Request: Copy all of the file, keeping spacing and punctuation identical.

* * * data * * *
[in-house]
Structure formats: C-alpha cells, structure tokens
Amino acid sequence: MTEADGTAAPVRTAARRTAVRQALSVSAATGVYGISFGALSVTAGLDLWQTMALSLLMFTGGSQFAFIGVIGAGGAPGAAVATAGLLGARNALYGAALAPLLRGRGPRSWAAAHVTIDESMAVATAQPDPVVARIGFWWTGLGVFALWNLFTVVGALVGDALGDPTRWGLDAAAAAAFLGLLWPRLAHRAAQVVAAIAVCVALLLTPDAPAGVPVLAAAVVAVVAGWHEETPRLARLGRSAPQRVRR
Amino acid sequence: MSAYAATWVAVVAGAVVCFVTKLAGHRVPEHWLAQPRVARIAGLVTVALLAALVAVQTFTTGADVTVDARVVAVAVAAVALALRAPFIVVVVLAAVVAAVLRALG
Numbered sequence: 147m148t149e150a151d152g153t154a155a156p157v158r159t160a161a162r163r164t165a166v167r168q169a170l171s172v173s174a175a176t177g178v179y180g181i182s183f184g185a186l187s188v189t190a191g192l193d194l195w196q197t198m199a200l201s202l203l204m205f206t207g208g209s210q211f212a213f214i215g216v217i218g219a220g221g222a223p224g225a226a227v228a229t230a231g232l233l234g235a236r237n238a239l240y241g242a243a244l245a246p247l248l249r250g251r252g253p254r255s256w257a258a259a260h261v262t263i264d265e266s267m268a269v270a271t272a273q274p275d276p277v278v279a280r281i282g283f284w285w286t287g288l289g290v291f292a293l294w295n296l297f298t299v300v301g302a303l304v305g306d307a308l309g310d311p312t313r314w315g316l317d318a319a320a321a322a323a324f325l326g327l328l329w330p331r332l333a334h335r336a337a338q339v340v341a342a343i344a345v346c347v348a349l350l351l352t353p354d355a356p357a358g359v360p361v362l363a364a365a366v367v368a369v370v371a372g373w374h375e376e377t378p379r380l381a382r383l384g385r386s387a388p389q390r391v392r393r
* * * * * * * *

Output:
[in-house]
Structure formats: C-alpha cells, structure tokens
Amino acid sequence: MTEADGTAAPVRTAARRTAVRQALSVSAATGVYGISFGALSVTAGLDLWQTMALSLLMFTGGSQFAFIGVIGAGGAPGAAVATAGLLGARNALYGAALAPLLRGRGPRSWAAAHVTIDESMAVATAQPDPVVARIGFWWTGLGVFALWNLFTVVGALVGDALGDPTRWGLDAAAAAAFLGLLWPRLAHRAAQVVAAIAVCVALLLTPDAPAGVPVLAAAVVAVVAGWHEETPRLARLGRSAPQRVRR
Amino acid sequence: MSAYAATWVAVVAGAVVCFVTKLAGHRVPEHWLAQPRVARIAGLVTVALLAALVAVQTFTTGADVTVDARVVAVAVAAVALALRAPFIVVVVLAAVVAAVLRALG
Numbered sequence: 147m148t149e150a151d152g153t154a155a156p157v158r159t160a161a162r163r164t165a166v167r168q169a170l171s172v173s174a175a176t177g178v179y180g181i182s183f184g185a186l187s188v189t190a191g192l193d194l195w196q197t198m199a200l201s202l203l204m205f206t207g208g209s210q211f212a213f214i215g216v217i218g219a220g221g222a223p224g225a226a227v228a229t230a231g232l233l234g235a236r237n238a239l240y241g242a243a244l245a246p247l248l249r250g251r252g253p254r255s256w257a258a259a260h261v262t263i264d265e266s267m268a269v270a271t272a273q274p275d276p277v278v279a280r281i282g283f284w285w286t287g288l289g290v291f292a293l294w295n296l297f298t299v300v301g302a303l304v305g306d307a308l309g310d311p312t313r314w315g316l317d318a319a320a321a322a323a324f325l326g327l328l329w330p331r332l333a334h335r336a337a338q339v340v341a342a343i344a345v346c347v348a349l350l351l352t353p354d355a356p357a358g359v360p361v362l363a364a365a366v367v368a369v370v371a372g373w374h375e376e377t378p379r380l381a382r383l384g385r386s387a388p389q390r391v392r393r